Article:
National Drug Take-Back program now accepting vaping devices

This weekend's National Drug Take-Back day will now accept vaping devices.

Federal authorities say e-cigarettes have become a threat to public health, and it's pushing local organizations to take action.

The event is held a couple of times a year and allows people to drop off their prescription drugs in a safe place, and now, vaping devices have been added to the list.  

For the organizations handling those takebacks, they say it will mean more work and more money, but for the greater good."

Vaping has been a growing issue for months and one that has people giving up what was once seen as an alternative to smoking.

It's now considered a public health threat, one Safe Kids Charlotte-Mecklenburg has been seeing. 

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They oversee the drug takeback programs that happen across the area and they say they are ready for the new haul of vaping devices people could be handing over this weekend.

They found out just last week that e-cigarettes are part of the new things they're taking in.

"They're considered a poison and any drug we take in is considered a poison and so, the DEA has determined that it can be destroyed in a normal way, which is incinerated," said Janice Williams, who works with the program.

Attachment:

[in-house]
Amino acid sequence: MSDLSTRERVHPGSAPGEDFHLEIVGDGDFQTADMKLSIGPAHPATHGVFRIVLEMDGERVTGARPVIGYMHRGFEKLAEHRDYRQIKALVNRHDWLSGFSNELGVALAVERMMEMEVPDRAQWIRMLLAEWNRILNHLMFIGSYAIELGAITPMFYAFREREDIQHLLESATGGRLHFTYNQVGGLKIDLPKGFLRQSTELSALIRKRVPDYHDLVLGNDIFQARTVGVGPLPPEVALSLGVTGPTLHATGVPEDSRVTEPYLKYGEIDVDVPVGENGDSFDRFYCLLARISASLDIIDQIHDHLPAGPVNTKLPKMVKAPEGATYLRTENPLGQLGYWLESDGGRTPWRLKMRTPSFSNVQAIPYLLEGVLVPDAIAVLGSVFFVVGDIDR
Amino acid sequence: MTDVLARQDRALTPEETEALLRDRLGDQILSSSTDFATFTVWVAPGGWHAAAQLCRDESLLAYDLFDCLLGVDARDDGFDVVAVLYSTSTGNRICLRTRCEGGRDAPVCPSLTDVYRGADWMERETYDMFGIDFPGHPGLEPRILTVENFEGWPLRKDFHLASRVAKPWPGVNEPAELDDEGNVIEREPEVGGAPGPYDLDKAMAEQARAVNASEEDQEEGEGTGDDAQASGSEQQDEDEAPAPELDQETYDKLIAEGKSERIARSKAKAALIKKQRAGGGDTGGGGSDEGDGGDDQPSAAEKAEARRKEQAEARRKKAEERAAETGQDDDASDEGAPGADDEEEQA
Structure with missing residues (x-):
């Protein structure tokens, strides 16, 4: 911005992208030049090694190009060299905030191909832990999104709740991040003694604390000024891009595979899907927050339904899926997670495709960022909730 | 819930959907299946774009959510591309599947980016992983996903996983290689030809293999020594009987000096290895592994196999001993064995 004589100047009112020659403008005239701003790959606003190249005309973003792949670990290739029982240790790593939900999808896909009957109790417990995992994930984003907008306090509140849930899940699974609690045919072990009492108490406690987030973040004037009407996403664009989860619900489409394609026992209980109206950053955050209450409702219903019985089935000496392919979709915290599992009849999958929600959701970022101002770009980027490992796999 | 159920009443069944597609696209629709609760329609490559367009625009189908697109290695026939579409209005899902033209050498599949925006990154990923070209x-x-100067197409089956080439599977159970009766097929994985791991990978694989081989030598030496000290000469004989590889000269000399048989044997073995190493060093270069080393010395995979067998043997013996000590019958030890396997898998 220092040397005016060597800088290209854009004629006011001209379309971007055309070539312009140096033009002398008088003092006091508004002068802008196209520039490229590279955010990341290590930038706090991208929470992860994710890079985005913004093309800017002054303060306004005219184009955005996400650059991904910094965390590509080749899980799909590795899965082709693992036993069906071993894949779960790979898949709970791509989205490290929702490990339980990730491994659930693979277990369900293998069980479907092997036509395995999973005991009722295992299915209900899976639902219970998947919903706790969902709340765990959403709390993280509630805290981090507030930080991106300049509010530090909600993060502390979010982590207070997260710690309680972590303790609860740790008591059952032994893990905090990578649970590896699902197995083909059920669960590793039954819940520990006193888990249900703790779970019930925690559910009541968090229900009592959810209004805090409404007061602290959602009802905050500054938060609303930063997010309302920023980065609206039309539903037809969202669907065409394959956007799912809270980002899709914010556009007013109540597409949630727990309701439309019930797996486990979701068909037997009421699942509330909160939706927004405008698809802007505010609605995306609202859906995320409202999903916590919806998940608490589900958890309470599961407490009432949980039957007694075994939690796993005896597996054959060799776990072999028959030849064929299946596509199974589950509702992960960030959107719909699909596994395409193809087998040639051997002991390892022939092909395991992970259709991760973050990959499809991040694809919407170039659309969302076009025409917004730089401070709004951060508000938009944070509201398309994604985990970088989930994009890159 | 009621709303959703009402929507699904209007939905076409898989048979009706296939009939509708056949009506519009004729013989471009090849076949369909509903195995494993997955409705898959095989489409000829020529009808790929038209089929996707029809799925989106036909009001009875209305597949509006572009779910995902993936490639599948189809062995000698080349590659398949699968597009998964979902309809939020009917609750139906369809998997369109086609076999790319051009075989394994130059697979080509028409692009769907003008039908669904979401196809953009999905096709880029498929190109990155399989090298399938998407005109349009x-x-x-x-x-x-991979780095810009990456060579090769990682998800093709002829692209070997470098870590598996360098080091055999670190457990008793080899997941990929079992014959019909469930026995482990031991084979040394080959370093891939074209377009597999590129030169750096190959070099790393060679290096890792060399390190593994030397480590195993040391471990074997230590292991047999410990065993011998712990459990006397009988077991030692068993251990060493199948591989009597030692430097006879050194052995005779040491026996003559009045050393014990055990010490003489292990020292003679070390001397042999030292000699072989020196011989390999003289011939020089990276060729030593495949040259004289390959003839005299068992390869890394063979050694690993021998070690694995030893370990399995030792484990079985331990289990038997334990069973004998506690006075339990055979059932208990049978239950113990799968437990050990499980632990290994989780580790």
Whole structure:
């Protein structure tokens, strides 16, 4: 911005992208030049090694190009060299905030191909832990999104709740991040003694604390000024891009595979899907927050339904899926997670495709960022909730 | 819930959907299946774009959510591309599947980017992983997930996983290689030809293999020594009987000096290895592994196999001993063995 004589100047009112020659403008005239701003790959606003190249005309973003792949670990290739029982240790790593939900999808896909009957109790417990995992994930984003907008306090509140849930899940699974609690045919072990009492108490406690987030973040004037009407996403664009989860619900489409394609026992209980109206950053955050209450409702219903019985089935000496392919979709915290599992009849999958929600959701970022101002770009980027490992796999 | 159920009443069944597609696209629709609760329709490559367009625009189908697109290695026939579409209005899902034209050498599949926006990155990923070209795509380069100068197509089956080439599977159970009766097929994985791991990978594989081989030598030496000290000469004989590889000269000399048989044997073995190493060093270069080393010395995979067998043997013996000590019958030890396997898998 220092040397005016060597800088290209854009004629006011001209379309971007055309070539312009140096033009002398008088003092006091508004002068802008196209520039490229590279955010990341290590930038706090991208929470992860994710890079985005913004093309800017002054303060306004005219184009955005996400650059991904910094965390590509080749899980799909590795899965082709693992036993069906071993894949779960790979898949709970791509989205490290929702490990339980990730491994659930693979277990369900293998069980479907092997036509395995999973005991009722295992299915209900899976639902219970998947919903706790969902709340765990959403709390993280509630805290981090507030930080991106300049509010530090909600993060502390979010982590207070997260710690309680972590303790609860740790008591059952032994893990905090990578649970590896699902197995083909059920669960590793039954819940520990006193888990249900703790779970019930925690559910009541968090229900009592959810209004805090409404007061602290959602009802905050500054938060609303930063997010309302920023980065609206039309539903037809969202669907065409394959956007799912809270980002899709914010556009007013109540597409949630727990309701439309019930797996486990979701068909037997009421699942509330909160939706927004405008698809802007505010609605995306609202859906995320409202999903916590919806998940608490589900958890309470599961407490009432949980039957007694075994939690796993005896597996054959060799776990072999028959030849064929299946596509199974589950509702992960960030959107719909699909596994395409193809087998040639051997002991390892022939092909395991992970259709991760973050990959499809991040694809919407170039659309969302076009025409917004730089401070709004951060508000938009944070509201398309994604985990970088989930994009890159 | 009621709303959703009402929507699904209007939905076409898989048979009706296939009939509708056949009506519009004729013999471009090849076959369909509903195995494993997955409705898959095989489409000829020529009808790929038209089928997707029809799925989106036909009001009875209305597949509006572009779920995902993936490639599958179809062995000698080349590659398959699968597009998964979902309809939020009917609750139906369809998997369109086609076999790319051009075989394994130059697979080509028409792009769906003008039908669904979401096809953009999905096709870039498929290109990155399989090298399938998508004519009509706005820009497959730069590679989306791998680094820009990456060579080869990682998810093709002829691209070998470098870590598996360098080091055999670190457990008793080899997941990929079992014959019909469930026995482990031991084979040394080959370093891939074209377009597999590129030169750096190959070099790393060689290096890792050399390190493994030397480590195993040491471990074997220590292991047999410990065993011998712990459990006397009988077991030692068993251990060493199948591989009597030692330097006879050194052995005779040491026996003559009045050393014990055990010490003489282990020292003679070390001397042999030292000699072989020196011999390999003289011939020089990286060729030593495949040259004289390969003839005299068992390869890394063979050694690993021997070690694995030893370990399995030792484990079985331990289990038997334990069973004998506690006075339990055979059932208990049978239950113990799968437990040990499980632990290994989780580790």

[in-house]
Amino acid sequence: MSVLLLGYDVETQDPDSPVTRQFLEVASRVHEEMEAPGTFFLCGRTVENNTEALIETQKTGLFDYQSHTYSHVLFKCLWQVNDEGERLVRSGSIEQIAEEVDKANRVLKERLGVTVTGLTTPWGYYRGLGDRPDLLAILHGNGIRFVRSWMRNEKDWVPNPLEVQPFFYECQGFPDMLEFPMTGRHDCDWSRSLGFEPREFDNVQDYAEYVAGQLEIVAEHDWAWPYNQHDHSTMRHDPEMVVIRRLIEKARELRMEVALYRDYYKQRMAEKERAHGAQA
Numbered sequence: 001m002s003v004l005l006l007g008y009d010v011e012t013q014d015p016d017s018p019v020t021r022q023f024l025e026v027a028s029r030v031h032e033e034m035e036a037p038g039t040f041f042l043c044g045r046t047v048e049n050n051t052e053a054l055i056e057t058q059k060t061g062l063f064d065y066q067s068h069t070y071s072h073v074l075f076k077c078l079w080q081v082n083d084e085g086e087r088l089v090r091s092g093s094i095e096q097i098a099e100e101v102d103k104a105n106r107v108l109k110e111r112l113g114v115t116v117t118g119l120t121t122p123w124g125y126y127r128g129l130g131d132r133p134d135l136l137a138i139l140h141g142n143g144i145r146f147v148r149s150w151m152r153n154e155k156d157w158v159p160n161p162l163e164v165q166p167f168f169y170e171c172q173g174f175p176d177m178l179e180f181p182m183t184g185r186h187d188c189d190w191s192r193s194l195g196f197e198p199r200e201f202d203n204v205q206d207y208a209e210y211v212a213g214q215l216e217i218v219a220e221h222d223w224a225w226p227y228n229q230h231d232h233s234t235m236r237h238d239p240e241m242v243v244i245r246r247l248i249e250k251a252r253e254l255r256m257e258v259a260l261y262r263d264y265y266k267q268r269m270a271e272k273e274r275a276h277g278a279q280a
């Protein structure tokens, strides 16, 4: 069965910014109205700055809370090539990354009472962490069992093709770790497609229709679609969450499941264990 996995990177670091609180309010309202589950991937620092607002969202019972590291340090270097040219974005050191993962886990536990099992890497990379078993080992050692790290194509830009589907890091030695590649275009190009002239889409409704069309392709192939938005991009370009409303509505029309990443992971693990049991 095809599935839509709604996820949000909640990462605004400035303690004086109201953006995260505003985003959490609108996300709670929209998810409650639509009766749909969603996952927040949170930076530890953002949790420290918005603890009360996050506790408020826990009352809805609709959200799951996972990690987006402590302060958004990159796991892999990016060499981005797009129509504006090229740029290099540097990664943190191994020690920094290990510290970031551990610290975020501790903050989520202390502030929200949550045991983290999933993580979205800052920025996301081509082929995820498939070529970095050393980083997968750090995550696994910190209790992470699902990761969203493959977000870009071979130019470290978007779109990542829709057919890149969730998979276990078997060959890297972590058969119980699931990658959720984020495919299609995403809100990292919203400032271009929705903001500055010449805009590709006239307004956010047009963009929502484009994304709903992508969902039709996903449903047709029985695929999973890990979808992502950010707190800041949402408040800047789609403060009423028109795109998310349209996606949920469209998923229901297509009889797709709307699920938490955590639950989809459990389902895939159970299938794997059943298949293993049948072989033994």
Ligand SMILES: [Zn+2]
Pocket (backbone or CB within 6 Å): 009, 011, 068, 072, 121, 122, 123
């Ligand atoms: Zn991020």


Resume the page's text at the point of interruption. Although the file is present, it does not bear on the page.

E-cigarettes have largely been a booming business, but the rise in illnesses and deaths related to vaping have led to federal investigations, warnings and even a lawsuit from the state of North Carolina against eight e-cigarette companies.

Some companies have even pulled their devices off the shelves across the state. They say, given that, people are taking, or need to take, a second look.

"Parents should be taking into consideration that there are options and officials are warning them against such a device," Williams said. 

The Drug Take-Back Day will involve the devices, but not their batteries.  If you want to give them up, you'll have to take those batteries out because of an explosion hazard.